Space: Astronomers observe the most powerful explosion ever recorded

“THE BOAT”, the “brightest of all time” was the nickname given to the most powerful gamma-ray burst (GRB) ever recorded by astronomers. More officially called GRB 221009A, it was discovered for the first time on the morning of October 9, 2022 and has already been the subject of publications in The Astronomer’s Telegram, a service for the rapid dissemination of information about new astronomical observations. These are still ongoing to understand the origin of this event, which could very well be the “birth cry” of a new black hole, according to the scientists cited by the site Ars-Technica this October 17.

Gamma ray bursts, giant explosions

Gamma-ray bursts are very high-energy explosions that occur in distant galaxies and last from milliseconds to hours. On Earth, they reach us through a bombardment of gamma rays, as well as the formation of a peculiar light curve in the sky. These phenomena were observed for the first time in the late 1960s and the launch of the American Vela satellites. While aiming to detect signs of Russian nuclear weapons testing, the latter picked up these strange unearthly flashes, experts have found after more investigation.

Research has also identified two classes of gamma ray bursts. First, the rarest (30%), those lasting less than two seconds. According to the hypotheses, they come from regions where few stars form. They would be the result of the merger between two neutron stars or of a neutron star with a black hole. Long bursts of more than two seconds (70%), on the other hand, will generally be associated with the death of massive stars (supernovae) in galaxies where they form rapidly. The formation of a black hole would produce jets of high-energy particles, powerful enough to emit X-rays and gamma rays all the way to us.

⋙ A study estimated that there would be 40 billion billion black holes in the universe

An extraordinary and educational event

GRB 221009A would belong to this second category. Gamma rays have been detected by NASA’s space telescopes – they Fermi Gamma-ray Space Telescope and its LAT (Large Area Telescope), the Swift (Neil Gehrel’s Swift Observatory) and the WIND – among other things from the constellation of the arrow (Sagitta). This powerful signal would have traveled to Earth for 1.9 billion years. Above all, the phenomenon would have lasted unusually long, followed by ten hours of LAT. Brendan O’Connor, a member of the team from the US universities of Maryland and George Washington, who studied its afterglow, explains in a press release:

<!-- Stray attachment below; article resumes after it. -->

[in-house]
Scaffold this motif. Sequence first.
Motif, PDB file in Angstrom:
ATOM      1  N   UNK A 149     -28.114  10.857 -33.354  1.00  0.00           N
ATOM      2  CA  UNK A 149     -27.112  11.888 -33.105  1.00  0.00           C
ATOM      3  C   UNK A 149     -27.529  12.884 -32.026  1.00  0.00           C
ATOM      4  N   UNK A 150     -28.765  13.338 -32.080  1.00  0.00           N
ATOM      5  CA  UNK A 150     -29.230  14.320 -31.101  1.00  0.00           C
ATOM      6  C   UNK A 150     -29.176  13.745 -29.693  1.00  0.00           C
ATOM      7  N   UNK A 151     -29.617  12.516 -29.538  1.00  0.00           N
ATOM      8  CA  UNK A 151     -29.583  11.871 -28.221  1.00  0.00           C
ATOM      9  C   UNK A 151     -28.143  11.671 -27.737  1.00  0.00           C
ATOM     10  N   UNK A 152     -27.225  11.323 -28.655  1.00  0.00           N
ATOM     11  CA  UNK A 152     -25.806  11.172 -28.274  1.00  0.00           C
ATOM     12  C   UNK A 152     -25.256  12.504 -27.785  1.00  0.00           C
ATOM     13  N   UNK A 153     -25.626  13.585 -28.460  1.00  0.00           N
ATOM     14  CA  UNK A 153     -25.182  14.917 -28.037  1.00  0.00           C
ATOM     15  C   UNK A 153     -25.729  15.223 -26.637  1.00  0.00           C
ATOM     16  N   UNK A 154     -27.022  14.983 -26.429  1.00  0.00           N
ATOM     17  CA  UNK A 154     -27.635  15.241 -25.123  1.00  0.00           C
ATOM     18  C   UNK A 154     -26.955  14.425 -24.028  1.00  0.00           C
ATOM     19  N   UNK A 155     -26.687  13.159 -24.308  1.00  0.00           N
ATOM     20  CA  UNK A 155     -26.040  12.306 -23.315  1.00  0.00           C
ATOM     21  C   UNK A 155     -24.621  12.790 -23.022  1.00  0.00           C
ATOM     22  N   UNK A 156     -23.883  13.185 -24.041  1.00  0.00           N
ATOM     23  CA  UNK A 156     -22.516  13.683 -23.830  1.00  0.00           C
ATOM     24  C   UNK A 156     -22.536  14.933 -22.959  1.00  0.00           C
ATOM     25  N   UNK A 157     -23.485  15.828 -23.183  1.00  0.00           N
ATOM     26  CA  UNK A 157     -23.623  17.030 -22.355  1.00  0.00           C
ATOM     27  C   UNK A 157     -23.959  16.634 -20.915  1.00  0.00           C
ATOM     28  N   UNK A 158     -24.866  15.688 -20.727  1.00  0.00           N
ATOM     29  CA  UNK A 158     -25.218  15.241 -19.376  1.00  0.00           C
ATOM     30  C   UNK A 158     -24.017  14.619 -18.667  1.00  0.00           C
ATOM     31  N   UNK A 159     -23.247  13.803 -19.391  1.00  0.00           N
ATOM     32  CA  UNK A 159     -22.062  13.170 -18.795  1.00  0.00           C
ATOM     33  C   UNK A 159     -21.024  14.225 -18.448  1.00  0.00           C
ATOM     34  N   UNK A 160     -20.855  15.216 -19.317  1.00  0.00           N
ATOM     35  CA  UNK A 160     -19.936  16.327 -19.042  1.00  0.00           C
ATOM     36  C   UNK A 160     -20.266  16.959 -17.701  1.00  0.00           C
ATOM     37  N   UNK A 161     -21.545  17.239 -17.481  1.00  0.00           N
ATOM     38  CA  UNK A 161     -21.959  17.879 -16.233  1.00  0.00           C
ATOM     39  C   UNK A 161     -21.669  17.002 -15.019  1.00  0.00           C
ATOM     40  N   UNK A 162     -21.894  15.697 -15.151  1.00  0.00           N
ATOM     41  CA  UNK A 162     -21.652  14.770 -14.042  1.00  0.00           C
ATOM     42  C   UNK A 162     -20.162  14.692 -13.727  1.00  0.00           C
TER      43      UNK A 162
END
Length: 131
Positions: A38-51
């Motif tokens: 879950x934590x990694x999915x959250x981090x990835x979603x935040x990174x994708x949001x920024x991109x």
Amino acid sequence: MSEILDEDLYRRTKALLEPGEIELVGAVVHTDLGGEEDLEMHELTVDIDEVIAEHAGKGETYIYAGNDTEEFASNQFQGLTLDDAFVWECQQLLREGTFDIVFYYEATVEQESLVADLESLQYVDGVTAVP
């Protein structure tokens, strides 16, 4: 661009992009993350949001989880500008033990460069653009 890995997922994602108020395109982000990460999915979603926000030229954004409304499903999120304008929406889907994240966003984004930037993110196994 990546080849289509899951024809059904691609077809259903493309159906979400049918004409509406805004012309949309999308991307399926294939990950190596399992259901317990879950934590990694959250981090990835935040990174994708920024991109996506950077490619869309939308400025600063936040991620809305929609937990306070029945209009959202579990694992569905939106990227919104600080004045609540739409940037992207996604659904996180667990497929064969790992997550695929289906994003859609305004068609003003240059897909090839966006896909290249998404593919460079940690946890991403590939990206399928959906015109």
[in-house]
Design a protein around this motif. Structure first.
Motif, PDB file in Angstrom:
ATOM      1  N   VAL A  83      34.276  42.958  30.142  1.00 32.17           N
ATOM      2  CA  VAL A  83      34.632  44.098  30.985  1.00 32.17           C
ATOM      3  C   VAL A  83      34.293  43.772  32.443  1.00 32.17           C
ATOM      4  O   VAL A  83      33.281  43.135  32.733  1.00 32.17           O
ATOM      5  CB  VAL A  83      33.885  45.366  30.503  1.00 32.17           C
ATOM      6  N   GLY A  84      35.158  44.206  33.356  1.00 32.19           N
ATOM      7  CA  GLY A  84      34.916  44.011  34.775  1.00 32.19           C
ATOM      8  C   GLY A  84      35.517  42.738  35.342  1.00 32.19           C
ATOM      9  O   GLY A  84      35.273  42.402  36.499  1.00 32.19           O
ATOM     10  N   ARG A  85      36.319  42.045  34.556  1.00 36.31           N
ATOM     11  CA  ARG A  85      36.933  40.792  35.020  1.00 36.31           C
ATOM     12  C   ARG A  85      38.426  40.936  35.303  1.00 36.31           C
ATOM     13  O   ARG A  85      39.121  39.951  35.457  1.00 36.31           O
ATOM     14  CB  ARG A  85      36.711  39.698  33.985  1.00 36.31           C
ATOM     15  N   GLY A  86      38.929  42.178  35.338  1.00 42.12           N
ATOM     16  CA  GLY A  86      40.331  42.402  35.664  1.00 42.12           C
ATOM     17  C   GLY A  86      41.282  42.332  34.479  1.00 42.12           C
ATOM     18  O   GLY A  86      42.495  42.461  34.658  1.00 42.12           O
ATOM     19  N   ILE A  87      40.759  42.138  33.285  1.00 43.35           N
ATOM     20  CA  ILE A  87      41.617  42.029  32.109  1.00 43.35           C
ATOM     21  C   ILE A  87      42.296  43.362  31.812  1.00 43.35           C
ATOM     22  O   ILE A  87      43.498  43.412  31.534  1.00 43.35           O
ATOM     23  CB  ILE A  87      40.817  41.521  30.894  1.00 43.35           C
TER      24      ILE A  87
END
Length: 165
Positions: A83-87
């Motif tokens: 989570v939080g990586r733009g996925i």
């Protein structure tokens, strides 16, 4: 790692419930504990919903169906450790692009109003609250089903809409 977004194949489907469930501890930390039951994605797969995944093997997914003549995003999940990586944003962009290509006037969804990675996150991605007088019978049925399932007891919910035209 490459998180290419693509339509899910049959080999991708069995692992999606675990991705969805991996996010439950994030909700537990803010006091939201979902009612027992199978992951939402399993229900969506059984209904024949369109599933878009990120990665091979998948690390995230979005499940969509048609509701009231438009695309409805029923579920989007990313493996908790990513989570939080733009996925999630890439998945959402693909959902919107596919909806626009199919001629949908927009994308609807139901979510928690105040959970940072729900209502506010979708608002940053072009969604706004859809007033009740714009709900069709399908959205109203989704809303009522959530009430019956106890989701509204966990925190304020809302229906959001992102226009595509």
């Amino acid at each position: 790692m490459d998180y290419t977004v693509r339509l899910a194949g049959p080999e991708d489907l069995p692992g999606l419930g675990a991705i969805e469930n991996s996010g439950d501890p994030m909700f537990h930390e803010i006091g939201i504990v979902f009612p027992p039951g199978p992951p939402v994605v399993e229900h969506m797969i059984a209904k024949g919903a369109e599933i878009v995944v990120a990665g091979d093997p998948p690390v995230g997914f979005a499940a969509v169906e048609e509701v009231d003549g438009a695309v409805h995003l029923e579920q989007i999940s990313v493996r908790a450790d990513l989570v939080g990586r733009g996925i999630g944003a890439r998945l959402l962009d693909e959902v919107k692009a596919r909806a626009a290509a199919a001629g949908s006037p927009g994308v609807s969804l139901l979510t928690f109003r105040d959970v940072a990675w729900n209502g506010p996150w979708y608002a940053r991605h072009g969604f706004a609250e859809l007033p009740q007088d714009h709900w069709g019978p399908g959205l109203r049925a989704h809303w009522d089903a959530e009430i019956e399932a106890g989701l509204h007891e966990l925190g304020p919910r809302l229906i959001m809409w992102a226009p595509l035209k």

The unusually long GRB 221009A is the brightest gamma-ray burst ever recorded, and its afterglow is unprecedented at all wavelengths. Because this outburst is so bright and so close, we believe it is a once-in-a-century opportunity to address some of the most fundamental questions about these outbursts, from black hole formation to testing models of dark fabric. .

However, the term “near” should be put into perspective: GRB 221009A took place in a galaxy very far from the Milky Way – but at a “ridiculous” distance on the scale of the universe. This explains why he had no ill effects on Earth. However, it may prove more problematic (although unlikely) if it occurs less than 5,000 to 8,000 light-years away and in the direction of our planet: the DNA of living systems would be damaged, the chemical reactions of disturbed atmosphere and the depleted ozone layer… The Ordovician-Silurian extinction about 450 million years ago could also be the result of such an event, scientists suggest.

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